January and February are excellent months for sowing seed under glass. Sow lily seeds not more than 1 cm (½ in) deep in pots or boxes.
The seeds of some lilies, such as Lilium candidum and L. lancifolium (syn. L. tigrinum), germinate and appear above ground within a month of sowing, usually as little green loops rather similar to onion seedlings. Others, such as L. martagon, start by producing a tiny bulb.
Nothing further emerges until possibly a year after sowing, when a small lance-shaped leaf appears on the surface.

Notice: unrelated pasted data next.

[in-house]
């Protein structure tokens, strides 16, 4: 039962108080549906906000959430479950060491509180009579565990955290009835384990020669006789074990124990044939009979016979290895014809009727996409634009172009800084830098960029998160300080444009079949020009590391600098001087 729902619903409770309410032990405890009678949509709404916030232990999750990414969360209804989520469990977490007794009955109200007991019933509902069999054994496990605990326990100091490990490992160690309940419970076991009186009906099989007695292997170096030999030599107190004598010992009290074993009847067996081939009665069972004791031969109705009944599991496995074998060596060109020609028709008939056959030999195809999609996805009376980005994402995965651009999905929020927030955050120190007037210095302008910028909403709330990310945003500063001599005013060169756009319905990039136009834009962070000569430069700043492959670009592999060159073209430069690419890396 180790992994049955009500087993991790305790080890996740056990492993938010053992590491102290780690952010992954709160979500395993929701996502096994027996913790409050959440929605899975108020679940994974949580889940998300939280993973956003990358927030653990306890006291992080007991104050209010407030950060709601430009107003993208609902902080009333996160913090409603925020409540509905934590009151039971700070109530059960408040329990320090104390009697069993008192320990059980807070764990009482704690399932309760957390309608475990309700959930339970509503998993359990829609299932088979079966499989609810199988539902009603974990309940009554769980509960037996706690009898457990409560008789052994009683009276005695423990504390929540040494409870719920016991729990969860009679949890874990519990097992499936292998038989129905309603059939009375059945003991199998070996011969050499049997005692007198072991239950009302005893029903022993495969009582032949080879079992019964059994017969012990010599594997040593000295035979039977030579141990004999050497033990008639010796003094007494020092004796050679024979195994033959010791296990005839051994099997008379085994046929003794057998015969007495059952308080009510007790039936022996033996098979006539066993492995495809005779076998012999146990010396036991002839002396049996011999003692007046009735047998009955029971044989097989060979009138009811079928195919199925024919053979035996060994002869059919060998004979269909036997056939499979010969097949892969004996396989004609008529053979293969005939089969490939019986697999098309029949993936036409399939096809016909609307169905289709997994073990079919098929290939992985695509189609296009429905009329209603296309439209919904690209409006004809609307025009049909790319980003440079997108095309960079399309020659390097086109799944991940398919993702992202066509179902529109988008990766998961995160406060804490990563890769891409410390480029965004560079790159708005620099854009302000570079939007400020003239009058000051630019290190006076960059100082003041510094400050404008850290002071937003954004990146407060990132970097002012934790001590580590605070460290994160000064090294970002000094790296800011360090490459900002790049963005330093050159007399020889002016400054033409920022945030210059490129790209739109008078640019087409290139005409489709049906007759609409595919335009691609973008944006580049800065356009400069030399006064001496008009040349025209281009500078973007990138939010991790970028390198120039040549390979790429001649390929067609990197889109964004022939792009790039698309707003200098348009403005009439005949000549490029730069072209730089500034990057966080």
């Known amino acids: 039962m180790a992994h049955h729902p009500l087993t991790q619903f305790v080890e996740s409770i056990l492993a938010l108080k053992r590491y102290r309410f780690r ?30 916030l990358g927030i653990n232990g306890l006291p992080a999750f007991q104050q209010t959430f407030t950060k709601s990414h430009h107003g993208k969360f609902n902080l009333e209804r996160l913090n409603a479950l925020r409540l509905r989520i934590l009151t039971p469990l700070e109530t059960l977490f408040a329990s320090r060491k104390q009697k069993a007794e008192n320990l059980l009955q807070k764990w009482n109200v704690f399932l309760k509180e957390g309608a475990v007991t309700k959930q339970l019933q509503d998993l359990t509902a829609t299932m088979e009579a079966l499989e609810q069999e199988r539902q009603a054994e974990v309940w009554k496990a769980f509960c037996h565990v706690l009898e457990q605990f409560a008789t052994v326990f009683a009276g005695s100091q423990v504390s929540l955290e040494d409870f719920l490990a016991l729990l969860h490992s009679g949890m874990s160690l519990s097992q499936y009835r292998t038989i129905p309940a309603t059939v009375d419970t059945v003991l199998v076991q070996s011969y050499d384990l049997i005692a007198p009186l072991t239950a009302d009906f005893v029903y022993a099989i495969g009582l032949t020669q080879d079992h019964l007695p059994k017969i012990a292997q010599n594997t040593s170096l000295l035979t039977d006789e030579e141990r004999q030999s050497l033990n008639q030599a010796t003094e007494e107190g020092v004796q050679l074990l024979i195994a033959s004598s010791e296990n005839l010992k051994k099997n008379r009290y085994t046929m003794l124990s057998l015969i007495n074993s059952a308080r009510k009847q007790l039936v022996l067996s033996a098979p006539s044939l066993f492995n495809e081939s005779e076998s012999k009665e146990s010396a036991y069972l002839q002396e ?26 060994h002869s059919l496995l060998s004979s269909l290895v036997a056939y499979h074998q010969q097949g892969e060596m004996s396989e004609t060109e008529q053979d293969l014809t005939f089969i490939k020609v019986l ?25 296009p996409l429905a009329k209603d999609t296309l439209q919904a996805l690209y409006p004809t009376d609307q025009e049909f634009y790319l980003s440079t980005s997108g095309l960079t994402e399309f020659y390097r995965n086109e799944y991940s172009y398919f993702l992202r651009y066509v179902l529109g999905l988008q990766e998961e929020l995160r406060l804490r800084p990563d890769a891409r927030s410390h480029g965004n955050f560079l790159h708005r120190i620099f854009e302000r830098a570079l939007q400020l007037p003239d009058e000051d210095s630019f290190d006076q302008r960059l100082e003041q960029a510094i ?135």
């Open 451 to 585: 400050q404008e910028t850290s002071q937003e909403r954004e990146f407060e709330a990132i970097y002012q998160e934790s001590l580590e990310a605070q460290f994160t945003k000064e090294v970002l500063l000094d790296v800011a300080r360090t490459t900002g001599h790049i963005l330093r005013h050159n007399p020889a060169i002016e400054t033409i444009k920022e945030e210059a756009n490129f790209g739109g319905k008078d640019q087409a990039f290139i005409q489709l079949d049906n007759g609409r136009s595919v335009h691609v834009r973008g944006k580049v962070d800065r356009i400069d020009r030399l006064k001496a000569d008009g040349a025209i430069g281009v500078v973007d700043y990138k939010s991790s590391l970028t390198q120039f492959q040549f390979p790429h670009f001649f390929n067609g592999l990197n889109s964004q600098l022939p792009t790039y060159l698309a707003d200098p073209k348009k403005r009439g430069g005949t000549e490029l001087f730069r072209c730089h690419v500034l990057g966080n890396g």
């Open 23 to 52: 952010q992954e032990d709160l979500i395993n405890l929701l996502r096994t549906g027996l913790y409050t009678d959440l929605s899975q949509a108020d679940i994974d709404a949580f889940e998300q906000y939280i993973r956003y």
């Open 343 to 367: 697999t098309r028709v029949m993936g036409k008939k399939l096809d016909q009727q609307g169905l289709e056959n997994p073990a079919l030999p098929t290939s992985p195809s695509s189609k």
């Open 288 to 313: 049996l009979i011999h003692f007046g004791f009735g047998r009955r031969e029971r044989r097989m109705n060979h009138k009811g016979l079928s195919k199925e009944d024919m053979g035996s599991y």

Bring pots of lilies inside for forcing. Keep them at a temperature of 7-10°C (45-50°F) until growth is well started, then raise it gradually to 15-20°C (60-70°F). The lilies should bloom 12 to 13 weeks later – in time for Easter.
Lift any surplus strong lilies from the garden for gentle forcing under glass. Use a good soil-based compost such as John Innes No. 1 with added peat (or peat substitute) and grit to keep the texture open. An added handful of leaf mould is beneficial.
Planting new bulbs
Lilies can be planted at any time until the end of March, provided both soil and weather allow. Otherwise, temporarily pot up bulbs to keep them in good condition until the weather improves.